Love of life on the road sparks Moorhead man's drive to start RV inspection business
“There’s nothing more depressing than to get home and have an RV that doesn’t work,” North Star RV Inspections owner Wade Johnson says.
MOORHEAD — If the call of the open road makes you want to buy an RV, Wade Johnson hopes you give him a call before you sign on the dotted line.
Johnson owns and runs North Star RV Inspections, traveling throughout the region to inspect recreational vehicles old and new - mostly for buyers, but some sellers, too.
“There’s nothing more depressing than to get home and have an RV that doesn’t work,” Johnson said Thursday, June 30.
He’s been in business a year, but he’s been an RVer and camper throughout his life. He and his wife now own their sixth recreational vehicle, a 34-foot fifth-wheel that has pride of place in his south side driveway.
Johnson is a licensed master electrician - his primary career for more than 30 years. But the job was also hard on his knees, leaving it painful for him to walk.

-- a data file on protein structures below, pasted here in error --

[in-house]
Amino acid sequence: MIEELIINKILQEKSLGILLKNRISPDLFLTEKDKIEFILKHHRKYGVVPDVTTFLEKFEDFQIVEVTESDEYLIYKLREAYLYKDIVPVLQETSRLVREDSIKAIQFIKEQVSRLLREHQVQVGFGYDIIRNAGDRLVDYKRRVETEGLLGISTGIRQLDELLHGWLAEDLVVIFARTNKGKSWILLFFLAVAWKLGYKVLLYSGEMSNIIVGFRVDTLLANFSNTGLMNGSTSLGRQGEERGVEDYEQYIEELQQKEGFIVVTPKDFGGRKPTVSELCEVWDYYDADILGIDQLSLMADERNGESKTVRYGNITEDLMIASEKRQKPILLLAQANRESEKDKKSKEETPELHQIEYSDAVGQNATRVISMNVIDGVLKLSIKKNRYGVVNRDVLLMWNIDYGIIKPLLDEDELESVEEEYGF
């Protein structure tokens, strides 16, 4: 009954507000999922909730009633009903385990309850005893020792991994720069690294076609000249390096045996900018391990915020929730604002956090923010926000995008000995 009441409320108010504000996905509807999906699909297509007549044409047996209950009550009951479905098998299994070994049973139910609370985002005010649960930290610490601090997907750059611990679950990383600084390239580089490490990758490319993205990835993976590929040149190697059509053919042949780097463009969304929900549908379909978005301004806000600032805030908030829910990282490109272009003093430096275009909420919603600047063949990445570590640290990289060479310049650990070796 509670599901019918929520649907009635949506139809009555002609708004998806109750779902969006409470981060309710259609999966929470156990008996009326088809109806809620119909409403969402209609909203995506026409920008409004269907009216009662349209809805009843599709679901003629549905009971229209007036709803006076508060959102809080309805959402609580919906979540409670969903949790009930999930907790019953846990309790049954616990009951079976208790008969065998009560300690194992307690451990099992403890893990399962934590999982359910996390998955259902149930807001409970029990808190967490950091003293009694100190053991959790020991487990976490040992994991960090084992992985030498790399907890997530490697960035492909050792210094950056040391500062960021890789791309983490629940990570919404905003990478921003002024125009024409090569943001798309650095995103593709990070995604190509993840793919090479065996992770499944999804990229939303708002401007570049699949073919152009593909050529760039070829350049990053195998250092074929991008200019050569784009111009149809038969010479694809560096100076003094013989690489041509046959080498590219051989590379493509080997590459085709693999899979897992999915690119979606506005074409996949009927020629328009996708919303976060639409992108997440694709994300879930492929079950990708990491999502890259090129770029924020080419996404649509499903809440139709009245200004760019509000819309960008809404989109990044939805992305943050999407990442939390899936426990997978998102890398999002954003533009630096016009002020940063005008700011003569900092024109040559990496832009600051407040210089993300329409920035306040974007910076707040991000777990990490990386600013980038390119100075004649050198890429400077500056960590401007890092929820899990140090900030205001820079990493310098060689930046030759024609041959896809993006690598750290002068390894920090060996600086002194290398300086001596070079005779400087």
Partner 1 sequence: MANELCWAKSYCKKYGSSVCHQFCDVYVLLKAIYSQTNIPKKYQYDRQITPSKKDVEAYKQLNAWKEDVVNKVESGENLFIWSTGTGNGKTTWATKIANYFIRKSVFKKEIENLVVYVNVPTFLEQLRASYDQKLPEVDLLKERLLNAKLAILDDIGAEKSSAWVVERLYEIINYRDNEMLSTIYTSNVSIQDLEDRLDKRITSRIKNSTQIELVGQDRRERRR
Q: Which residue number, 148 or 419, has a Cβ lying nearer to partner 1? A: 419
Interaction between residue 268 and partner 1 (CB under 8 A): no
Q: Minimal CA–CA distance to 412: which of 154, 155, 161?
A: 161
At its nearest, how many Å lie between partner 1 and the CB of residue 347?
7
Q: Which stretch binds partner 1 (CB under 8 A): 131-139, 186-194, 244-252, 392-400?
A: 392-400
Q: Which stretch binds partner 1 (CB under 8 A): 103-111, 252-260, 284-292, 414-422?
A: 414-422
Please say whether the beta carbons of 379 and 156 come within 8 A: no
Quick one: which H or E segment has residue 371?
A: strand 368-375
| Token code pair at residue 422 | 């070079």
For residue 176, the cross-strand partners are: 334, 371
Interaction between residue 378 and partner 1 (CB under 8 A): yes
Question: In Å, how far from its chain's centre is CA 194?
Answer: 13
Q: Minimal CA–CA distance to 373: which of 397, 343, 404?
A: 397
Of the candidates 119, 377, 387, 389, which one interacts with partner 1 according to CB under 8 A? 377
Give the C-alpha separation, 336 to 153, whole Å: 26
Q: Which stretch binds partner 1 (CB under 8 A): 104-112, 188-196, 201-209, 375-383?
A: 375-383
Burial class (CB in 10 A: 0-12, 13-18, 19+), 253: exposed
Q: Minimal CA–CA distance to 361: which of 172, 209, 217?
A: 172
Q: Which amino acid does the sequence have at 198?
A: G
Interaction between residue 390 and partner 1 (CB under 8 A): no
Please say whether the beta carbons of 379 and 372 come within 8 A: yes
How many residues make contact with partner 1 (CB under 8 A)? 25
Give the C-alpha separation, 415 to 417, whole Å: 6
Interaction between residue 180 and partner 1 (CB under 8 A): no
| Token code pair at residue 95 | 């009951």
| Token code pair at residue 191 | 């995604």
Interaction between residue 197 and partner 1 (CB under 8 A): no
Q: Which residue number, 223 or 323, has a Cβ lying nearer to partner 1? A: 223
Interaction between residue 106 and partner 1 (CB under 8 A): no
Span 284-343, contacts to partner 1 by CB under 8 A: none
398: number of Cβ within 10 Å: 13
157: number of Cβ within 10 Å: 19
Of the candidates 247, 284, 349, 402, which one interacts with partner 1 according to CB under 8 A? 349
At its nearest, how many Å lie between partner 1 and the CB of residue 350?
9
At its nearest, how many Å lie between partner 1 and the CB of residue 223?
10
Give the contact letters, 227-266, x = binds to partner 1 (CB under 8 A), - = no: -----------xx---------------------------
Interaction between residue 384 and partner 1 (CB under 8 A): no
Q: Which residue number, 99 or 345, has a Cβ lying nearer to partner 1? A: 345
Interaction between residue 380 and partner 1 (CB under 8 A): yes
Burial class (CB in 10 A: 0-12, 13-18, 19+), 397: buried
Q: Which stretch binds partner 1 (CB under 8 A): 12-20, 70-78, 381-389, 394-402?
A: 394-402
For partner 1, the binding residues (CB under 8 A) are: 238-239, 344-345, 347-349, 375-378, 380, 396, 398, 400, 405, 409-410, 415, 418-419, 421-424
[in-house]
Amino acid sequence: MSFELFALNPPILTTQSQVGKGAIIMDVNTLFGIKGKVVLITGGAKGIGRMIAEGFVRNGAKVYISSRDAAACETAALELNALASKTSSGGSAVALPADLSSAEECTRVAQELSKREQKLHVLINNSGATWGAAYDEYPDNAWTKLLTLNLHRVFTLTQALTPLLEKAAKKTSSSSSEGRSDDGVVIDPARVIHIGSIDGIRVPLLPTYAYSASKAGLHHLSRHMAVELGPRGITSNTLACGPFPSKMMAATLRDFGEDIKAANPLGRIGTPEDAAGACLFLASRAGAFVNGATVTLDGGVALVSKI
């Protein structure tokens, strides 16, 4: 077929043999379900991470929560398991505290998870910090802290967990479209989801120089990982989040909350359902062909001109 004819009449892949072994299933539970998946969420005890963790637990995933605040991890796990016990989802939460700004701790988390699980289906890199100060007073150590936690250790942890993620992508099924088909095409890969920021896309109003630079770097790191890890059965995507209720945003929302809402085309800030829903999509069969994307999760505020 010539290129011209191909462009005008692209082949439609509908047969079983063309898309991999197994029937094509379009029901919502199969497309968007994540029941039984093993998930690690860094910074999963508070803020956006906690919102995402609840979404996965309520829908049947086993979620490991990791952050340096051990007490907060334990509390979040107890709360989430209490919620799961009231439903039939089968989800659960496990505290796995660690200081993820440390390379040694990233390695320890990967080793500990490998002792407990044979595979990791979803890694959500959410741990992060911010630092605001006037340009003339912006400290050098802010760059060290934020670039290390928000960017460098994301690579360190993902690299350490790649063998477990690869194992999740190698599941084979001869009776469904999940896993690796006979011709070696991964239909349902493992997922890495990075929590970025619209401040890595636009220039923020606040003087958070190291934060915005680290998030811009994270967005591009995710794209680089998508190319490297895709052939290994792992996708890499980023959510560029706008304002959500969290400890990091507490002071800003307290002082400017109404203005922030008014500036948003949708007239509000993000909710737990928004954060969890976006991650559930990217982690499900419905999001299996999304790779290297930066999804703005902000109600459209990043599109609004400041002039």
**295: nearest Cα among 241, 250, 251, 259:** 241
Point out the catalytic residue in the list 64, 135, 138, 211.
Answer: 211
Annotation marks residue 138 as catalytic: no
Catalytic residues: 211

It got to the point where his choice was a double knee replacement or a wheelchair.
Two years ago, he got the new knees.
Rather than continue as an electrician, and running the risk of needing another knee operation down the line, he opted for a new career, too.
He signed up for classes at the National RV Training Academy in Texas, earning certifications from the National RV Inspectors Association and as an RV technician.
Recreational vehicle inspections are much like home inspections, but given all of the mechanical, electrical and other systems involved, can require six to 10 hours to complete.
Inspection findings are emailed to customers, usually with several videos and a raft of photos.
A printed version of one of his inspections, created for use at outdoors product sales events, runs 178 pages.
He ticks off the reasons to get an inspection: safety; making an informed purchase decision; and his inspection is independent, not done by someone with “skin in the game.”
He’s willing to travel to do his inspections, and his road trips include Bismarck, Duluth, Minn., Sioux Falls, S.D.
The inspections run $300 to $900, Johnson said.
He offers three levels of inspection: Basic, with up to 40 points of inspection and 15 to 20 photos.
Essential plus for towed and motorized RVs: up to 90 points of inspection, 40 to 80 photos and some video;
Premier: Up to 185 points of inspection, 80-120 photos, and videos of some moving components.
Considering an RV can cost $15,000 to $1 million or more for a high-end machine, he says the cost is a reasonable investment. Inspections save a buyer money, as components that need repair can be fixed before the transaction is final.
“I did it because I enjoy it,” Johnson said of his second career. “Plus, there’s millions of these things running around the country.”